“Normal linear note taking and writing will put you into a semi hypnotic trance, while mind mapping will greatly enhance your left and right brain cognitive skills.”
- Tony Buzan
Popularised in the mid-1970’s by psychology author Tony Buzan, who developed the system, Mind Mapping is a technique in which one captures information and can be used in studying, business and personal life, amongst others.
It can be used for a variety of tasks, including organisation, project management and teaching, and uses a combination of words, symbols and images in its construction.
Mind Maps can be used to describe something tangible (a product, project, artwork, etc. ), or something intangible (an idea, concept, etc.).
Mind Maps work for many people because they can take many forms and variations, although there are a few rules that you should abide by in order to make them work for you at their best.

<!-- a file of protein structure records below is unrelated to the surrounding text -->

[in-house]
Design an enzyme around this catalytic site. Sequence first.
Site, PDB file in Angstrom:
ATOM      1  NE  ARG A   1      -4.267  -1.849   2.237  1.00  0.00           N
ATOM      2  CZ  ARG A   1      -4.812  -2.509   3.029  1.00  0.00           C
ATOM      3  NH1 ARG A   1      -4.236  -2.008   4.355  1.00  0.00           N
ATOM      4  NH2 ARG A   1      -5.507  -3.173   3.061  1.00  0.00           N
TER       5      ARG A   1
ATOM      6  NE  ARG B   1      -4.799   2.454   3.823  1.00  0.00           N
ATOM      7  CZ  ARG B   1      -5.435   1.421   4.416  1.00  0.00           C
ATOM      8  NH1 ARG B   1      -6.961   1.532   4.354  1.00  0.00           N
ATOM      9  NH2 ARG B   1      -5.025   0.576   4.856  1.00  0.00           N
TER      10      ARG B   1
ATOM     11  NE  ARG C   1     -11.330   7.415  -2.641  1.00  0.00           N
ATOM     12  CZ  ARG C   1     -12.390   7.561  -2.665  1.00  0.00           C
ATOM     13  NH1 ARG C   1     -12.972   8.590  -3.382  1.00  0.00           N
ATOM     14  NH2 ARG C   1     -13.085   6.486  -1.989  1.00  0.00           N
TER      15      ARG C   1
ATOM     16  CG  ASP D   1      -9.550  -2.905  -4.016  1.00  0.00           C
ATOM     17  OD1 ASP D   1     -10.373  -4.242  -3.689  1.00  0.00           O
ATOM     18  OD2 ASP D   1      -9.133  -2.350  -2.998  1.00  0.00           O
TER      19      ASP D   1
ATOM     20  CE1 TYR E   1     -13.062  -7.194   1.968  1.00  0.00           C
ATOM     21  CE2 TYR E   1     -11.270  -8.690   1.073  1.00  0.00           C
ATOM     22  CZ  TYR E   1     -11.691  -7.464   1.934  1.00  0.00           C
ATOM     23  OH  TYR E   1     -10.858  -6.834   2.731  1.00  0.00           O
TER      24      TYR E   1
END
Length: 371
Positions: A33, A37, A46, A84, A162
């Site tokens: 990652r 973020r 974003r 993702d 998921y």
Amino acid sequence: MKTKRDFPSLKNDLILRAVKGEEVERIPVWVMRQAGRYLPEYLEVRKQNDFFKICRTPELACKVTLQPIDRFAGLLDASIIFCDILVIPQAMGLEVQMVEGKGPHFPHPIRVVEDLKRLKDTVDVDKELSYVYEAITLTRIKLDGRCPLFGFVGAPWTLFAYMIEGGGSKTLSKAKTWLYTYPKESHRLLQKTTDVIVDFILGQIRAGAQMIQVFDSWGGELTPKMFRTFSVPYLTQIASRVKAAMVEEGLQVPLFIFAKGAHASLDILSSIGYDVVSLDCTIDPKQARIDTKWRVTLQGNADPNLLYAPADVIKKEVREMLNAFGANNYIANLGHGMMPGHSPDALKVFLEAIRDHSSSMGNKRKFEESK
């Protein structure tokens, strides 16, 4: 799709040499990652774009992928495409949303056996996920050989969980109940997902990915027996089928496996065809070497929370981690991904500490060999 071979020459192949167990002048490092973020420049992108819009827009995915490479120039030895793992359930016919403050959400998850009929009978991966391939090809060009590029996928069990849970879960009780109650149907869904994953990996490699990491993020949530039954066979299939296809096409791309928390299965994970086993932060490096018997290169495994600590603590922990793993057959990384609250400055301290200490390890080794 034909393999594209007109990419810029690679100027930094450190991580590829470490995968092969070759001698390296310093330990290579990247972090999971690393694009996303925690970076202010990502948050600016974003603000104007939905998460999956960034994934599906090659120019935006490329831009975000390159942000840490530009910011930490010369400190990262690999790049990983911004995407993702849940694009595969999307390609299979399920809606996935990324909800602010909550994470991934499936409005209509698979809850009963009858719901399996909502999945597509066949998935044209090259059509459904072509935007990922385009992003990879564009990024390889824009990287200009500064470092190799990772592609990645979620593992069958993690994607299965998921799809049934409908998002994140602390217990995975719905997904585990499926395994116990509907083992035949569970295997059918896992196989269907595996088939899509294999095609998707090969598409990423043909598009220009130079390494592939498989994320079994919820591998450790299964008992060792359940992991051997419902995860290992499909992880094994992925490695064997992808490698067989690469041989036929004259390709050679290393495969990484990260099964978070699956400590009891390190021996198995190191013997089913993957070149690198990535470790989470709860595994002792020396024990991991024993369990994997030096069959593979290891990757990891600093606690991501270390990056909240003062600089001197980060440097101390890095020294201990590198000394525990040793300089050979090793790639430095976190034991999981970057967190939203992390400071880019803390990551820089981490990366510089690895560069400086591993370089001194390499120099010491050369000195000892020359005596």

They are an effective, colourful and fun way to capture your thoughts and bring them to life visually.
They can help you to remember more, become more creative and solve many problems (creative or otherwise).
Take a piece of A4 paper (although larger is better), and at least three coloured pens or pencils.
At the centre of your sheet in landscape mode, write in capital letters or draw an image that captures and represents the central idea.
Draw branches radiating from your central idea (these should be curved, not straight).
At the end of each of these branches, write down the words that you can think of that are associated with your central idea.
For example, if your central idea was New Car, your associated words could be performance, interior, colour, seating, etc.
Repeat the process, continually drawing branching lines emanating from your associated words to other associated words, and so on.
Use as many colours as possible in order to make your mind map pleasing to look at and to avoid confusion.